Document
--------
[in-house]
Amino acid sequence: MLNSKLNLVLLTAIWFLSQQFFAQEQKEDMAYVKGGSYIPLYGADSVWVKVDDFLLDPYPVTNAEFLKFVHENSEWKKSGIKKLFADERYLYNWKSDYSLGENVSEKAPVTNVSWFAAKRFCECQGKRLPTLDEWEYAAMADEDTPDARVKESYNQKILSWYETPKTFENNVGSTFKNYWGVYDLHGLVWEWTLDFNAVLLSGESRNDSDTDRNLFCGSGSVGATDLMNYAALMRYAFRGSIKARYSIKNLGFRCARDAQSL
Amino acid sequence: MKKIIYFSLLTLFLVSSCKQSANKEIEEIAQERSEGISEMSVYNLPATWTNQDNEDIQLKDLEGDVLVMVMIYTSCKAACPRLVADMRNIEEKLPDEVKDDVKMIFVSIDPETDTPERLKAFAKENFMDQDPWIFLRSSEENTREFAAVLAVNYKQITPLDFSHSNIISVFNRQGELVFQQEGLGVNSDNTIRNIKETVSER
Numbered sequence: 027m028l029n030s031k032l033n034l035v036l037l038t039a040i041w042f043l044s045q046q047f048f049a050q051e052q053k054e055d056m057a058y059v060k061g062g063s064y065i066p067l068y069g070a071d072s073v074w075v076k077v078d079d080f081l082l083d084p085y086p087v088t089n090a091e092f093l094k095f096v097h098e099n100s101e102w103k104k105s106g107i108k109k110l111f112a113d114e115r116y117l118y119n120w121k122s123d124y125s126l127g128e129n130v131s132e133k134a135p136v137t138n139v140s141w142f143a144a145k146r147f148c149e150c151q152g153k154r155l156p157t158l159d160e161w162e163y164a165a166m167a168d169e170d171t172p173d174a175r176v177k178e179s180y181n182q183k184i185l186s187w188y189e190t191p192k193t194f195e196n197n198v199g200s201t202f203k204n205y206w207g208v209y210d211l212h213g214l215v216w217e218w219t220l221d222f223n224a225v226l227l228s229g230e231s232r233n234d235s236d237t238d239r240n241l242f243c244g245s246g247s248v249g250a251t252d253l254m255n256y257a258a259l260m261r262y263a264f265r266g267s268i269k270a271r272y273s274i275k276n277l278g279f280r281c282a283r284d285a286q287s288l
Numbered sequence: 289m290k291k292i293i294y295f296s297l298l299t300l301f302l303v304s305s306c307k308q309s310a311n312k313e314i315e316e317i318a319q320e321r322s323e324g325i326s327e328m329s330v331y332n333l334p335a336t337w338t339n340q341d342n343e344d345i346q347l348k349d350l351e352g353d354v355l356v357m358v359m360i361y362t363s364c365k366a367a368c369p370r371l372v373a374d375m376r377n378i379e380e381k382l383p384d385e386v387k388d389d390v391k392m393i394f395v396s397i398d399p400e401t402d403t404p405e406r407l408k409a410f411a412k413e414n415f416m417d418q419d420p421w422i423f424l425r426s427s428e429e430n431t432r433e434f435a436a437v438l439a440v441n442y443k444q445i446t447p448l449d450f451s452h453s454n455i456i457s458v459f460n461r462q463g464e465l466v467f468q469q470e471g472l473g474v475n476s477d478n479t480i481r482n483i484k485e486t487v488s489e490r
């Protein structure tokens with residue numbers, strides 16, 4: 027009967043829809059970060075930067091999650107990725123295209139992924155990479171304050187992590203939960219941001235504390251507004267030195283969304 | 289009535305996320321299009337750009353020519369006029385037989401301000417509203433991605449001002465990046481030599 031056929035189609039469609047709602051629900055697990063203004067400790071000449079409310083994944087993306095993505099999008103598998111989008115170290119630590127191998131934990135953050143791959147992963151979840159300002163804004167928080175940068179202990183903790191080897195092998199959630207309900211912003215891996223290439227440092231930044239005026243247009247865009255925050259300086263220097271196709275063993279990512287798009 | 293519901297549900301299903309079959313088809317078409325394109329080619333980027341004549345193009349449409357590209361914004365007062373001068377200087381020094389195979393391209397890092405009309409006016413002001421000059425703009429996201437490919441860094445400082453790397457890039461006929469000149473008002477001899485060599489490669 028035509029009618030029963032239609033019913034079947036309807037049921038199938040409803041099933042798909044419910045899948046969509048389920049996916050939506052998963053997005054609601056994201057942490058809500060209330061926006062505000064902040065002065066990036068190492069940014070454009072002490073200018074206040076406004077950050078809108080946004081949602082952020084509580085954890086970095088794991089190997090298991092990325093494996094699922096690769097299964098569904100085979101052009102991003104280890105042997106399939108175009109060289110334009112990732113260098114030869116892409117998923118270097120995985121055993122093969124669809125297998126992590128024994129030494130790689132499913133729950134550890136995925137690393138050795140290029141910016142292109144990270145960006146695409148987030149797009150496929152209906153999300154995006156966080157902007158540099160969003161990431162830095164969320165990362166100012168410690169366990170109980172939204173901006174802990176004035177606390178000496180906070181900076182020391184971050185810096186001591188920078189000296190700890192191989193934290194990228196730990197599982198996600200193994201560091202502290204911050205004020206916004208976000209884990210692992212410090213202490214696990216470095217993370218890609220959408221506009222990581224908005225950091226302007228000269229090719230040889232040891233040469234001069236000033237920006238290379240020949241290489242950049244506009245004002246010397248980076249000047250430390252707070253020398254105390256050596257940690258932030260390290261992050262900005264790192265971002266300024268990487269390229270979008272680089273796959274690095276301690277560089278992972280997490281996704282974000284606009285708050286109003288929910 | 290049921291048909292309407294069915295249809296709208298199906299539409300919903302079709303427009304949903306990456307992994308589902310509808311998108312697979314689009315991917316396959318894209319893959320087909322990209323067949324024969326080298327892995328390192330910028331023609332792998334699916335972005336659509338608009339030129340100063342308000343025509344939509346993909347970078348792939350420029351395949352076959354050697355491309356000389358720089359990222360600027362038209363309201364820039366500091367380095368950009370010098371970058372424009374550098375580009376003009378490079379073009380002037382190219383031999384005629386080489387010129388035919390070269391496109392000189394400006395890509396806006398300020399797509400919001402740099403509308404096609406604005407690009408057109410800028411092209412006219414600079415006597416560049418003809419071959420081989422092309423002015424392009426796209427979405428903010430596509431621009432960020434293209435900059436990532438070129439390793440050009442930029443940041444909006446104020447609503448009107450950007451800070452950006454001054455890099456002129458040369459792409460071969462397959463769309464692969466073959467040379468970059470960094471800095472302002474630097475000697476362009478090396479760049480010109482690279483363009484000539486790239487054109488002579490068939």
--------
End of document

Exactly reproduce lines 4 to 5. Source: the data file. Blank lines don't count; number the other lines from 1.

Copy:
Numbered sequence: 027m028l029n030s031k032l033n034l035v036l037l038t039a040i041w042f043l044s045q046q047f048f049a050q051e052q053k054e055d056m057a058y059v060k061g062g063s064y065i066p067l068y069g070a071d072s073v074w075v076k077v078d079d080f081l082l083d084p085y086p087v088t089n090a091e092f093l094k095f096v097h098e099n100s101e102w103k104k105s106g107i108k109k110l111f112a113d114e115r116y117l118y119n120w121k122s123d124y125s126l127g128e129n130v131s132e133k134a135p136v137t138n139v140s141w142f143a144a145k146r147f148c149e150c151q152g153k154r155l156p157t158l159d160e161w162e163y164a165a166m167a168d169e170d171t172p173d174a175r176v177k178e179s180y181n182q183k184i185l186s187w188y189e190t191p192k193t194f195e196n197n198v199g200s201t202f203k204n205y206w207g208v209y210d211l212h213g214l215v216w217e218w219t220l221d222f223n224a225v226l227l228s229g230e231s232r233n234d235s236d237t238d239r240n241l242f243c244g245s246g247s248v249g250a251t252d253l254m255n256y257a258a259l260m261r262y263a264f265r266g267s268i269k270a271r272y273s274i275k276n277l278g279f280r281c282a283r284d285a286q287s288l
Numbered sequence: 289m290k291k292i293i294y295f296s297l298l299t300l301f302l303v304s305s306c307k308q309s310a311n312k313e314i315e316e317i318a319q320e321r322s323e324g325i326s327e328m329s330v331y332n333l334p335a336t337w338t339n340q341d342n343e344d345i346q347l348k349d350l351e352g353d354v355l356v357m358v359m360i361y362t363s364c365k366a367a368c369p370r371l372v373a374d375m376r377n378i379e380e381k382l383p384d385e386v387k388d389d390v391k392m393i394f395v396s397i398d399p400e401t402d403t404p405e406r407l408k409a410f411a412k413e414n415f416m417d418q419d420p421w422i423f424l425r426s427s428e429e430n431t432r433e434f435a436a437v438l439a440v441n442y443k444q445i446t447p448l449d450f451s452h453s454n455i456i457s458v459f460n461r462q463g464e465l466v467f468q469q470e471g472l473g474v475n476s477d478n479t480i481r482n483i484k485e486t487v488s489e490r